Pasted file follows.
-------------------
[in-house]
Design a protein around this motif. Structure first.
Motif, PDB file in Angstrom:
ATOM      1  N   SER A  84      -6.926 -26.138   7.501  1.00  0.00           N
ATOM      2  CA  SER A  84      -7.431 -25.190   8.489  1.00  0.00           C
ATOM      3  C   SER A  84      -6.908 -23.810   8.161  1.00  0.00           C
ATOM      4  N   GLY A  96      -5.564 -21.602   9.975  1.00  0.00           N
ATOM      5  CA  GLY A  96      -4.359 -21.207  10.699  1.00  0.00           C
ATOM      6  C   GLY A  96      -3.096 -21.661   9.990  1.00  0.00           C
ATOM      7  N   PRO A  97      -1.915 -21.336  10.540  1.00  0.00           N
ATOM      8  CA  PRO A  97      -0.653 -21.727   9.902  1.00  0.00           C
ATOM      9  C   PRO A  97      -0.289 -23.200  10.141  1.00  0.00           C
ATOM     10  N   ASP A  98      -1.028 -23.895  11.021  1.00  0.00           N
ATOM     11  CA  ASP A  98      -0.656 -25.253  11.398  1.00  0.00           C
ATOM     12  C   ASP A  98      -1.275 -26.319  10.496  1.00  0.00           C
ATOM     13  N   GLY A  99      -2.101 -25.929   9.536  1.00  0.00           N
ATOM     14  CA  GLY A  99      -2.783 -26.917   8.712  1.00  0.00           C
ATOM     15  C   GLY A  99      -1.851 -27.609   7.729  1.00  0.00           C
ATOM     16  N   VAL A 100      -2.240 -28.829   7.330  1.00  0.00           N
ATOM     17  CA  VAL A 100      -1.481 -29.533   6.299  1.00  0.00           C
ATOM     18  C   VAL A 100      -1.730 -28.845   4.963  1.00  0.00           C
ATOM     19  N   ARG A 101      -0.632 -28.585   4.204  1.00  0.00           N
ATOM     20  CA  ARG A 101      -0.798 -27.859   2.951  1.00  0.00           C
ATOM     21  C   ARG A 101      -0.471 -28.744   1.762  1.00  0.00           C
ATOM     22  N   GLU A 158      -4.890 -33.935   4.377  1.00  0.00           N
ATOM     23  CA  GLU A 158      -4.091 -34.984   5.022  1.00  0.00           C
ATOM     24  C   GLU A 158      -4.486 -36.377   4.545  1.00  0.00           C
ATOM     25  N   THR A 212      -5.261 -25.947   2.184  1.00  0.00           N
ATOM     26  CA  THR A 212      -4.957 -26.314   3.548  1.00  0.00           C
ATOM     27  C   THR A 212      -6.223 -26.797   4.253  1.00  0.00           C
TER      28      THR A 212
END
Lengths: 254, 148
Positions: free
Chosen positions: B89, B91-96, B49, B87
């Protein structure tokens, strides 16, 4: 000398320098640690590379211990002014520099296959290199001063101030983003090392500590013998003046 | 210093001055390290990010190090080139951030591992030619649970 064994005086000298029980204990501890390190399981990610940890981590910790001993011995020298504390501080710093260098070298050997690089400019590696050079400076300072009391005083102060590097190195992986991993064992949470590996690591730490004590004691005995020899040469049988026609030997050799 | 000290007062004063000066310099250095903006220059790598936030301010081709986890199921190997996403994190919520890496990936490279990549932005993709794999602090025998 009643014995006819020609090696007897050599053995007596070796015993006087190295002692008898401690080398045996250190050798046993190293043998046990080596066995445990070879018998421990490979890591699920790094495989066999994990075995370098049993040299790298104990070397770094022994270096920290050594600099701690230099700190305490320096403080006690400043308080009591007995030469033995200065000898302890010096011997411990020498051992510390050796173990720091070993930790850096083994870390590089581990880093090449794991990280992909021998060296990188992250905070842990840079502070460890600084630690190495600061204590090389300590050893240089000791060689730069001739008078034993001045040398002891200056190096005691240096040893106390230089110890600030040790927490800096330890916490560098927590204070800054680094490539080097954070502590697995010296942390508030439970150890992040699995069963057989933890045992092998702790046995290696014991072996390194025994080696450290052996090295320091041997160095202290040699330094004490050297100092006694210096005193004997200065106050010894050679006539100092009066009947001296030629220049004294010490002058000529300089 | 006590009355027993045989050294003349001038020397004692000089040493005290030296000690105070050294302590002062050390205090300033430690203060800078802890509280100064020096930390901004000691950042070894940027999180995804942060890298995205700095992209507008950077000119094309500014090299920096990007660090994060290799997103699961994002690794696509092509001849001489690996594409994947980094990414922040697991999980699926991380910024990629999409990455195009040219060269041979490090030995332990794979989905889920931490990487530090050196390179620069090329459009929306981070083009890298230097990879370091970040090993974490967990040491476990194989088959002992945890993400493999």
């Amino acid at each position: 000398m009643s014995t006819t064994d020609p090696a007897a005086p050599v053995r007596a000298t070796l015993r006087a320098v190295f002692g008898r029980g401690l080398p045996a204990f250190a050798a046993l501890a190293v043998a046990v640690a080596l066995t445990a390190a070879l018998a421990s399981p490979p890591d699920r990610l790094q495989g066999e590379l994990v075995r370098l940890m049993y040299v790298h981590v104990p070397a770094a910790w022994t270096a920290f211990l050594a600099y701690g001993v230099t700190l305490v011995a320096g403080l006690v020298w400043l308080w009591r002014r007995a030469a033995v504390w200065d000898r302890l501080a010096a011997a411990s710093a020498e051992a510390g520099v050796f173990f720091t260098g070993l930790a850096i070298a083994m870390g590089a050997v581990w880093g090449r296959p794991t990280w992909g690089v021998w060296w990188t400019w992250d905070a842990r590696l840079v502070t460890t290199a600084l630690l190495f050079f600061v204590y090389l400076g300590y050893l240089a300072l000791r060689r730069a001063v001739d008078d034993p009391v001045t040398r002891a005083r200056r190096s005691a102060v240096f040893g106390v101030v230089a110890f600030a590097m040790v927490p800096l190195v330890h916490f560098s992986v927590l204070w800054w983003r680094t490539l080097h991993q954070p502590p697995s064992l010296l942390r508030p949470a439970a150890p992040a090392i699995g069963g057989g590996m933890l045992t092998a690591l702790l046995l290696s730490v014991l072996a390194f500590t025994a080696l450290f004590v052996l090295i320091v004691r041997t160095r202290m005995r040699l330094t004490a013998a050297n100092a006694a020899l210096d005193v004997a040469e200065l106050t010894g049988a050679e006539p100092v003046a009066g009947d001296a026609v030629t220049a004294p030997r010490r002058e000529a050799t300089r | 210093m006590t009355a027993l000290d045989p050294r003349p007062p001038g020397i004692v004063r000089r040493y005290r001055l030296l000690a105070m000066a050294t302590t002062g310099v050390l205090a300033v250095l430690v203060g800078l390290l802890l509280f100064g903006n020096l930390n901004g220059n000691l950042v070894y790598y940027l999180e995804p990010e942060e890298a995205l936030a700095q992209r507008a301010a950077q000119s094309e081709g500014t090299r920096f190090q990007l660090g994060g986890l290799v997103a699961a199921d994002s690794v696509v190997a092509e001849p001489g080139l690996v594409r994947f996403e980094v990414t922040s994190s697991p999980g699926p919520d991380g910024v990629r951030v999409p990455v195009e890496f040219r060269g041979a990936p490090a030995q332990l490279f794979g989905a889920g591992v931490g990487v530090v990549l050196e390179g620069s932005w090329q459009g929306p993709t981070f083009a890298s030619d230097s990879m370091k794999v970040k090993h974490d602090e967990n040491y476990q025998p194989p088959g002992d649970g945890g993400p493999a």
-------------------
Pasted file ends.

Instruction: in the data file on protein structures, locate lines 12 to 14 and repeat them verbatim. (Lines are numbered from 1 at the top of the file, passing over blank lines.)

ATOM      9  C   PRO A  97      -0.289 -23.200  10.141  1.00  0.00           C
ATOM     10  N   ASP A  98      -1.028 -23.895  11.021  1.00  0.00           N
ATOM     11  CA  ASP A  98      -0.656 -25.253  11.398  1.00  0.00           C